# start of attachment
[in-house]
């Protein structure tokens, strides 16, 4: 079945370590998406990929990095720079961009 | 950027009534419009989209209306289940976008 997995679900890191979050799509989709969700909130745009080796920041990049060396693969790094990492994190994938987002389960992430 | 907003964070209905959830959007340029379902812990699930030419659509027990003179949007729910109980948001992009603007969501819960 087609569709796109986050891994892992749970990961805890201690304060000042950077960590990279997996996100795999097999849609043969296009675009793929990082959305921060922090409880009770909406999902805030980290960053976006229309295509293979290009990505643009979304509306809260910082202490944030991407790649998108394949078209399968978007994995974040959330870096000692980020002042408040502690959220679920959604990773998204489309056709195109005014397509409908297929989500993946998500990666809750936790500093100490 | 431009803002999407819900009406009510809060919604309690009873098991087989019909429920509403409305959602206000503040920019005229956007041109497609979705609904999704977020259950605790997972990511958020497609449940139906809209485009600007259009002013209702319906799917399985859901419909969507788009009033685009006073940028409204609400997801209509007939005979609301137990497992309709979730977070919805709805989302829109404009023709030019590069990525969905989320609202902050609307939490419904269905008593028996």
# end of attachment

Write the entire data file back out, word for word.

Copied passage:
[in-house]
């Protein structure tokens, strides 16, 4: 079945370590998406990929990095720079961009 | 950027009534419009989209209306289940976008 997995679900890191979050799509989709969700909130745009080796920041990049060396693969790094990492994190994938987002389960992430 | 907003964070209905959830959007340029379902812990699930030419659509027990003179949007729910109980948001992009603007969501819960 087609569709796109986050891994892992749970990961805890201690304060000042950077960590990279997996996100795999097999849609043969296009675009793929990082959305921060922090409880009770909406999902805030980290960053976006229309295509293979290009990505643009979304509306809260910082202490944030991407790649998108394949078209399968978007994995974040959330870096000692980020002042408040502690959220679920959604990773998204489309056709195109005014397509409908297929989500993946998500990666809750936790500093100490 | 431009803002999407819900009406009510809060919604309690009873098991087989019909429920509403409305959602206000503040920019005229956007041109497609979705609904999704977020259950605790997972990511958020497609449940139906809209485009600007259009002013209702319906799917399985859901419909969507788009009033685009006073940028409204609400997801209509007939005979609301137990497992309709979730977070919805709805989302829109404009023709030019590069990525969905989320609202902050609307939490419904269905008593028996």